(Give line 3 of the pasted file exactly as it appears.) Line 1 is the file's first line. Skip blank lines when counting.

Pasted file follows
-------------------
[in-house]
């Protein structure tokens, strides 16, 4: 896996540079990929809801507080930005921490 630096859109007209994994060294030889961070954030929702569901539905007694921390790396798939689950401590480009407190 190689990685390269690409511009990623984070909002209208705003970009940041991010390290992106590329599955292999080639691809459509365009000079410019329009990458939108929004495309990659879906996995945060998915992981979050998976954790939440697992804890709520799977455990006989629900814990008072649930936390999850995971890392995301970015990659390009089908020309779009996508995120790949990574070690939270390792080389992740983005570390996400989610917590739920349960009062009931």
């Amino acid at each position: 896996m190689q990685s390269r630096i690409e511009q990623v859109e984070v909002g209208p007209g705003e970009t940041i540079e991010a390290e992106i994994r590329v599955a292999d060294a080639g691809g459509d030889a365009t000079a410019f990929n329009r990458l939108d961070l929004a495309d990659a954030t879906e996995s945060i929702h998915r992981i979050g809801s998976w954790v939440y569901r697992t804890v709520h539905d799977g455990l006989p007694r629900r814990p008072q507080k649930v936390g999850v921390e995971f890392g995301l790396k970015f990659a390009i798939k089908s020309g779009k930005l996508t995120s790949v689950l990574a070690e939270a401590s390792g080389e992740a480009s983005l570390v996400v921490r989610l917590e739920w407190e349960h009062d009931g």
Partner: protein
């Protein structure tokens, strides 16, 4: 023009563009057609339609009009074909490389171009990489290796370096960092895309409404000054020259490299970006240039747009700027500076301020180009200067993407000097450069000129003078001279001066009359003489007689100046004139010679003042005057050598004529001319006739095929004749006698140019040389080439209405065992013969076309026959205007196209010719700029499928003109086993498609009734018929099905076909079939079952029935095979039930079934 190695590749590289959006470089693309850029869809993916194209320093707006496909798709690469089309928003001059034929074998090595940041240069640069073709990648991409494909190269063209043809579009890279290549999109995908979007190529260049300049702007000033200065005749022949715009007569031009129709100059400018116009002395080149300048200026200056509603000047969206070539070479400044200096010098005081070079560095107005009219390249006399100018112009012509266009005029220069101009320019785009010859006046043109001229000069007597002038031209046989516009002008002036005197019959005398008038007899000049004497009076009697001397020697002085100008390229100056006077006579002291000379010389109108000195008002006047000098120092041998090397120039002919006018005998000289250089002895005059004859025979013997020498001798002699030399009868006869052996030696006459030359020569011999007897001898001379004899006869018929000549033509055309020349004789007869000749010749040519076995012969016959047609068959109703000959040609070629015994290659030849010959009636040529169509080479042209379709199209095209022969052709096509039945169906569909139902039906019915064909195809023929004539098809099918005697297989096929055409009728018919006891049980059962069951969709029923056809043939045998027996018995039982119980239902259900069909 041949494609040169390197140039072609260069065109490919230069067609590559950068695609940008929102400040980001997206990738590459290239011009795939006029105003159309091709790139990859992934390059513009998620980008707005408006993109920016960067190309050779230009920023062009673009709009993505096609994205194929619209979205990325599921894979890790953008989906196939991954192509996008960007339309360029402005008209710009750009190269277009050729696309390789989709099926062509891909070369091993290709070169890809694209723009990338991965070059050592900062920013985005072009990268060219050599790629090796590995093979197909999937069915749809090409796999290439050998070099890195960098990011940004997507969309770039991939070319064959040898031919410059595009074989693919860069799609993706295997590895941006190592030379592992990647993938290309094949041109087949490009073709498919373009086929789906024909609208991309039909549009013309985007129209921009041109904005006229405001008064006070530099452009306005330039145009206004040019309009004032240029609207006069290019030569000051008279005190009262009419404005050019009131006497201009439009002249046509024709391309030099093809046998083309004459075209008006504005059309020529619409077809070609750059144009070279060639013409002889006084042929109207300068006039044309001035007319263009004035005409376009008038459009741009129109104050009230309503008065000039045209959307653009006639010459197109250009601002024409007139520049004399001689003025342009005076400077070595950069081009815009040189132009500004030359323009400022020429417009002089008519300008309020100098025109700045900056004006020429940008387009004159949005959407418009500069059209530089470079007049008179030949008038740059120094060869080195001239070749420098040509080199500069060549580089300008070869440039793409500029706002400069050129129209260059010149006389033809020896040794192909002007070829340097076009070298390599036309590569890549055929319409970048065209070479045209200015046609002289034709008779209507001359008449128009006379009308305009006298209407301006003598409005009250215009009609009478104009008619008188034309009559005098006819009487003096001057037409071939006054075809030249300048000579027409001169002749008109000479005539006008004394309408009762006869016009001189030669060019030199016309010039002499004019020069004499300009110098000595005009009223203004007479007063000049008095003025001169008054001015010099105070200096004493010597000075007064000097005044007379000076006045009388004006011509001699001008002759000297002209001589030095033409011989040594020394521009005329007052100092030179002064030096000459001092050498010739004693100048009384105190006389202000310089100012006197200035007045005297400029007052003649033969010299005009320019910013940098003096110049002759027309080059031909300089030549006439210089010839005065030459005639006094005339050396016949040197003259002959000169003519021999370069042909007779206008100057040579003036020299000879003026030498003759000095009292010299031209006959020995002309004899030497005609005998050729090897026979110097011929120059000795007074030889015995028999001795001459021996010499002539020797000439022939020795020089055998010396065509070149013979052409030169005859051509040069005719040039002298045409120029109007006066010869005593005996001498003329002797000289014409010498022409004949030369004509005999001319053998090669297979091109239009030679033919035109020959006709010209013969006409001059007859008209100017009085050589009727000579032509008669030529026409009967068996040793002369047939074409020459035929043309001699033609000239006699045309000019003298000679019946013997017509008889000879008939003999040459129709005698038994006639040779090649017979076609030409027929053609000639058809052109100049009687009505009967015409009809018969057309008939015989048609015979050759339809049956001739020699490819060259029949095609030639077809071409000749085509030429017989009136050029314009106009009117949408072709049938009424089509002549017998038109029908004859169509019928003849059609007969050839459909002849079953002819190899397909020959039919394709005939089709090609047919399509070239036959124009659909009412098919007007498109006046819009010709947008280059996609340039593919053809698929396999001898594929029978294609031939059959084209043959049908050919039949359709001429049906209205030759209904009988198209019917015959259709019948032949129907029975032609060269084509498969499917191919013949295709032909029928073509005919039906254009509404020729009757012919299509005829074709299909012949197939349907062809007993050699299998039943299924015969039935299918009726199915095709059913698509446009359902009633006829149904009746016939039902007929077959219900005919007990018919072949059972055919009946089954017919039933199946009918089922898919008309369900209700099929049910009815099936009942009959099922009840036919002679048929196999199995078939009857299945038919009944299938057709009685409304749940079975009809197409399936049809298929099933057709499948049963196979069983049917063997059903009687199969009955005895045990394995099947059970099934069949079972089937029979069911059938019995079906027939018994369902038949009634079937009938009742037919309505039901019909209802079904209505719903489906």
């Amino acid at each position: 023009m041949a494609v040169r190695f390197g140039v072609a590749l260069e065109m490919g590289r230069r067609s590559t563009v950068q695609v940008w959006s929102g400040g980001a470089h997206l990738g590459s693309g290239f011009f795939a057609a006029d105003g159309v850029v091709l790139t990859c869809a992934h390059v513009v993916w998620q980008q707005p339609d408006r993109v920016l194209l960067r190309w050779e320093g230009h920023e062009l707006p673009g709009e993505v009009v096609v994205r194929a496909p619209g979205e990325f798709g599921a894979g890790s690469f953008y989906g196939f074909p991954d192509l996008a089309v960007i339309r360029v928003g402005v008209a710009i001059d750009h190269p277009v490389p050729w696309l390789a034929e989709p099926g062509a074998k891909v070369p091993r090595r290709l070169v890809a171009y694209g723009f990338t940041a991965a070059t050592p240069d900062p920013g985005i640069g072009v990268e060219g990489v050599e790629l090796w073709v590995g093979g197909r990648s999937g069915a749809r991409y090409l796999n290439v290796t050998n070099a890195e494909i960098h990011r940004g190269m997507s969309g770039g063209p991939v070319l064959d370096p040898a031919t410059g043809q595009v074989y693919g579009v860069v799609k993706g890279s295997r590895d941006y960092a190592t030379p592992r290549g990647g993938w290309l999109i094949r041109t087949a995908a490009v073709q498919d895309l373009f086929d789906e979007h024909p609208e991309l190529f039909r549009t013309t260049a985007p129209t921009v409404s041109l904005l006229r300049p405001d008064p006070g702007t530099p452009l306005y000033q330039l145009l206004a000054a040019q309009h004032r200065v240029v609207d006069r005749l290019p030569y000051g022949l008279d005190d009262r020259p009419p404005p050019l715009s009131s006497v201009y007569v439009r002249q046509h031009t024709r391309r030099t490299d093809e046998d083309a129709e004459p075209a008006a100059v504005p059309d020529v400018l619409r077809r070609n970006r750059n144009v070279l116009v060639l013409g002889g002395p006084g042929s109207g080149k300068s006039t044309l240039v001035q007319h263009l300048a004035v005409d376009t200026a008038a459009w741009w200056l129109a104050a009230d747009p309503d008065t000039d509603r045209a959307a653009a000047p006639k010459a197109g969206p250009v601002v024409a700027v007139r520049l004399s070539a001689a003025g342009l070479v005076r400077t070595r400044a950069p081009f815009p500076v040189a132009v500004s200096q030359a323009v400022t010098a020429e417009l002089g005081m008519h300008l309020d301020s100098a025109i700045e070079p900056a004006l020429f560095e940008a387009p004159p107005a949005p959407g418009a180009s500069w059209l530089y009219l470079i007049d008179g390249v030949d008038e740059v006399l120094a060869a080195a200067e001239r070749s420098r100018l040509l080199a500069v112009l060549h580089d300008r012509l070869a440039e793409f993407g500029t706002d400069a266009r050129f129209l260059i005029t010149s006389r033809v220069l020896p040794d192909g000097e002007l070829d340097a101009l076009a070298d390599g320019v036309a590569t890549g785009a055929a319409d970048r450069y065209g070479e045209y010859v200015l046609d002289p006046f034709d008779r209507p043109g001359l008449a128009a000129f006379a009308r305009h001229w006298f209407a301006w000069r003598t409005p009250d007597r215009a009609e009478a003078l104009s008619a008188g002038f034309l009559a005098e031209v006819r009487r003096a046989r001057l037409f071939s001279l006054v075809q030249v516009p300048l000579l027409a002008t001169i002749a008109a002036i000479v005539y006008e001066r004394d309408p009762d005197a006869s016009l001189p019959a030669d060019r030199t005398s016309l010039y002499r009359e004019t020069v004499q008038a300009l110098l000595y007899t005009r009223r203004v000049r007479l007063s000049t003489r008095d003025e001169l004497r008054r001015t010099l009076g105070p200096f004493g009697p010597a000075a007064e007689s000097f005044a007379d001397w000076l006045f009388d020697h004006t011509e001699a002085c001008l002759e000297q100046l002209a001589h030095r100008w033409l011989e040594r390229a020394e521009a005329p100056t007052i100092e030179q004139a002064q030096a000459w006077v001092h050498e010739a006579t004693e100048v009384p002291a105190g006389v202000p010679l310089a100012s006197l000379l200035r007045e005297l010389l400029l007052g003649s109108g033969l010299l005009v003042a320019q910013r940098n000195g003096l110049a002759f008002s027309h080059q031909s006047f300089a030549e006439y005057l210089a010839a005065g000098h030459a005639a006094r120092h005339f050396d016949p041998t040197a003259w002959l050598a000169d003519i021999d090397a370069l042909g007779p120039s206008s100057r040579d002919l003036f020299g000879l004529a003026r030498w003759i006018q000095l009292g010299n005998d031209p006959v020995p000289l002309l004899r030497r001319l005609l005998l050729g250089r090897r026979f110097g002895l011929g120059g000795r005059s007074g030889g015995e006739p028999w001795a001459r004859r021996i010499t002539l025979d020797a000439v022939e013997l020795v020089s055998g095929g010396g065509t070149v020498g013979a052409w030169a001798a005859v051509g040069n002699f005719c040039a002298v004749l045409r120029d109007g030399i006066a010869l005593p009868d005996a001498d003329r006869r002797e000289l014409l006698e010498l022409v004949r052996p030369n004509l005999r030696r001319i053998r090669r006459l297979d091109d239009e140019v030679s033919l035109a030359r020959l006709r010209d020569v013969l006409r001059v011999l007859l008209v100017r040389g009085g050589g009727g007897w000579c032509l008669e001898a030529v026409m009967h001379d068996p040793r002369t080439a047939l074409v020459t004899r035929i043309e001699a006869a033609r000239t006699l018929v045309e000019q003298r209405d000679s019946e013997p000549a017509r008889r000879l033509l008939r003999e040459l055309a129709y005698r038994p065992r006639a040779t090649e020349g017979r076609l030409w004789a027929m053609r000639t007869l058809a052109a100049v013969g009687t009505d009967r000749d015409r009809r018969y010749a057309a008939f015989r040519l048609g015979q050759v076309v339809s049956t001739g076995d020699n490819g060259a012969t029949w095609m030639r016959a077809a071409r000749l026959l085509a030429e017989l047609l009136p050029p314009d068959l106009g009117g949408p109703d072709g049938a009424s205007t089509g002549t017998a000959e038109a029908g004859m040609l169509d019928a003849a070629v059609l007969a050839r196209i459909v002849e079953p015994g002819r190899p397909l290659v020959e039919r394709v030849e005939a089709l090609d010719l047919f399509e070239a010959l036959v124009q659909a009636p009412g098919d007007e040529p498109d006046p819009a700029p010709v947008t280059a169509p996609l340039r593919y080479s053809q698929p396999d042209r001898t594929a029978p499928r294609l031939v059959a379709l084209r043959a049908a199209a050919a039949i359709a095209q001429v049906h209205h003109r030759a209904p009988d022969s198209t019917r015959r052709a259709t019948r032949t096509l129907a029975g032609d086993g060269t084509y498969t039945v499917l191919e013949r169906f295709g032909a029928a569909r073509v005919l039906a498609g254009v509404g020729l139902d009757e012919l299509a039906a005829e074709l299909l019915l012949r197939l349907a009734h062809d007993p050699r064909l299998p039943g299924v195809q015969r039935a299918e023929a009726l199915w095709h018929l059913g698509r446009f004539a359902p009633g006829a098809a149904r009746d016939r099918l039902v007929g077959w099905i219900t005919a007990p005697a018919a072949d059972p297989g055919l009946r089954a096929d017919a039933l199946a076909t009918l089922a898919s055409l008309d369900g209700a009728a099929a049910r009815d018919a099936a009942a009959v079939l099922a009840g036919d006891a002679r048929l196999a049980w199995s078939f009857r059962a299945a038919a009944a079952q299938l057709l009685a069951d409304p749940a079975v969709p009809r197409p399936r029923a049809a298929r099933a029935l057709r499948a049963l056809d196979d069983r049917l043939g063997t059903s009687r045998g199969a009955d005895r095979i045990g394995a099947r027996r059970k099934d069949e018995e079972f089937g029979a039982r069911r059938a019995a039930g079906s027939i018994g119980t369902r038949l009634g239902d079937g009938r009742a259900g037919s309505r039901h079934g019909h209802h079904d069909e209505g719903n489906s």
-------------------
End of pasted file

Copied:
């Amino acid at each position: 896996m190689q990685s390269r630096i690409e511009q990623v859109e984070v909002g209208p007209g705003e970009t940041i540079e991010a390290e992106i994994r590329v599955a292999d060294a080639g691809g459509d030889a365009t000079a410019f990929n329009r990458l939108d961070l929004a495309d990659a954030t879906e996995s945060i929702h998915r992981i979050g809801s998976w954790v939440y569901r697992t804890v709520h539905d799977g455990l006989p007694r629900r814990p008072q507080k649930v936390g999850v921390e995971f890392g995301l790396k970015f990659a390009i798939k089908s020309g779009k930005l996508t995120s790949v689950l990574a070690e939270a401590s390792g080389e992740a480009s983005l570390v996400v921490r989610l917590e739920w407190e349960h009062d009931g």